No such confusion existed with the band. In the shadows, except for exceptional musical director, Charly Zastrau on piano, the musicians imbued the performance with the sombre mood of whisky soaked bars and the lonely atmosphere of darkly lit streets.
All outward confusion aside, McGregor’s artists find the poet’s voice. Queenie van de Zandt’s Chocolate Jesus rings with religious irony. McGregor’s Ice Cream Man edges dangerously on the double entendre, where innocence falls prey to darker intent. The pain and anger of Christmas Card From A Hooker In Minneapolis is given Carla Lippis’s manic force in her volcanic rendition. Joey Arias, compelling in his presence, sings the strained agony of the lonely heart in This One’s From The Heart. 
Joey Arias. Photo: Claudio Raschella

 All reservations fade in the emotive power of the tribute. Waits’ lyrics echo with the voices of the disenchanted and opponents to jingoistic peril as the full company launches into a stirring, defiant rendition of Kathleen Brennan and Waits’ Hoist That Rag. Escape from Life’s stark reality lulls its way into Midnight Lullaby and the recurring theme of innocence in dreams. When life is too hard and it’s ten below and you’re far from home, you’ve got to Hold On sings Mikelangelo, a closing note of survival in a programme that pays tribute to Tom Waits’ unique and influential view of a world. McGregor’s amazing company of artists rejoice in their labour of love. Their interpretation of Waits’ gift to the music world is their own, seen through the prism of Waits’ profound lyrics. The audience, devotees or novices, fortunate enough to see this one night stand, left Tom Waits For No Man richer for the experience.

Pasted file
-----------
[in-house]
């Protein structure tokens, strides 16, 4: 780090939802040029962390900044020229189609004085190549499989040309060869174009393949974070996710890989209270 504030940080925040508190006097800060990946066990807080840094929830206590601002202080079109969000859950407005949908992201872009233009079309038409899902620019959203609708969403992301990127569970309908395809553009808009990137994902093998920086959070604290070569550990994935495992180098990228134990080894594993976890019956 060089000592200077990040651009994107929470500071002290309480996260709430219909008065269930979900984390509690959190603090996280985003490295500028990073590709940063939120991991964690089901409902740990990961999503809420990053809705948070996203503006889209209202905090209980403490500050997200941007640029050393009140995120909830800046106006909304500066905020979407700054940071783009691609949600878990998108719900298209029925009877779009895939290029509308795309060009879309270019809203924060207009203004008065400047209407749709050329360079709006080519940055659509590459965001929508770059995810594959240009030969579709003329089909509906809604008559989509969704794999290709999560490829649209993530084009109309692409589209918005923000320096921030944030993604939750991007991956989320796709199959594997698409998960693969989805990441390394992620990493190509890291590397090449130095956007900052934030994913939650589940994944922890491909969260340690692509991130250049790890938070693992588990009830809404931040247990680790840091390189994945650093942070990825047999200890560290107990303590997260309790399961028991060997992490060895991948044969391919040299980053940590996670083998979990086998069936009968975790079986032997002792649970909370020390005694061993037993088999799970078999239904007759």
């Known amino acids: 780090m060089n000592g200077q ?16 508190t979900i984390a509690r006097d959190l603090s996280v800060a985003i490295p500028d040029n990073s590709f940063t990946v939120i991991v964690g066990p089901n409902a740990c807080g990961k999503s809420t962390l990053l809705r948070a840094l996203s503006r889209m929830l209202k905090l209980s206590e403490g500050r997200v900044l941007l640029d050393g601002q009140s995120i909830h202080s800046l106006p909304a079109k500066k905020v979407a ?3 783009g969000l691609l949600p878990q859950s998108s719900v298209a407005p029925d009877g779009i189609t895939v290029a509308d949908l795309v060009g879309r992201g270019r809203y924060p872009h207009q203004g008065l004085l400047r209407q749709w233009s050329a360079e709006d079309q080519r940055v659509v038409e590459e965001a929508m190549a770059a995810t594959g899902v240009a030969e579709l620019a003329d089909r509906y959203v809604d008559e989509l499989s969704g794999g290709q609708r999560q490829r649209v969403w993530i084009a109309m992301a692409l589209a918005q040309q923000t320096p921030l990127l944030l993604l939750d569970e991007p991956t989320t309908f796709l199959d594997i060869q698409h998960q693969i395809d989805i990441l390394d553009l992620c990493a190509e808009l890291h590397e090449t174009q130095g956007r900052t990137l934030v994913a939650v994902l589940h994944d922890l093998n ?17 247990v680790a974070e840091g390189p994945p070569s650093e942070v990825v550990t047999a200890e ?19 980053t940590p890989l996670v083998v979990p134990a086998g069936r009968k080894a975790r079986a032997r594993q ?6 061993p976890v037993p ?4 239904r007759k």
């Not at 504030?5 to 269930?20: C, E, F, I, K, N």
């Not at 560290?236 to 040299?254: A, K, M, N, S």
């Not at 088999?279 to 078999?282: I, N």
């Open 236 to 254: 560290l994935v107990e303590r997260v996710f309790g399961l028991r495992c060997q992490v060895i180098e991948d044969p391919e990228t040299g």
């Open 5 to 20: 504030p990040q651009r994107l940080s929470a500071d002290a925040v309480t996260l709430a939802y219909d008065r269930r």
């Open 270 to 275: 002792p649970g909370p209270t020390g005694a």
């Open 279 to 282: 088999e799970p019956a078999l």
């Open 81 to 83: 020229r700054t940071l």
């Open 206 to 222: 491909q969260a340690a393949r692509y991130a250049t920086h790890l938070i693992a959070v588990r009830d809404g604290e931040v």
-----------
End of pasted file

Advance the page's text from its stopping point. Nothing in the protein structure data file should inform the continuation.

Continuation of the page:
Cast A Dark Shadow.  Carla Lippis

The Festival Theatre Stage. Adelaide Cabaret Festival. Adelaide Festival Centre. June 15-16 2018

Reviewed by Peter Wilkins

Carla Lippis performs Cast A Dark Shadow at the Adelaide Cabaret Festival

 Grab onto your chairs. You're in for a wild ride. Carla Lippis slinks onto stage like a cat about to claw its prey. In a clinging black jump suit and with dark painted eyes beneath her Louise Brooks hairstyle, Lippis is demoniacal in her contorted menace. Her audience is her prey and she casts her net wide to entrap the fascination and lure the unsuspecting into her world of shadows and frenzy.Her voice is the steel trap that holds the mesmerized audience in her lair, a beast lurking in the shadows of punk, bursting into the enticing lyrical or circling with the Siren's original voice or full throated growl.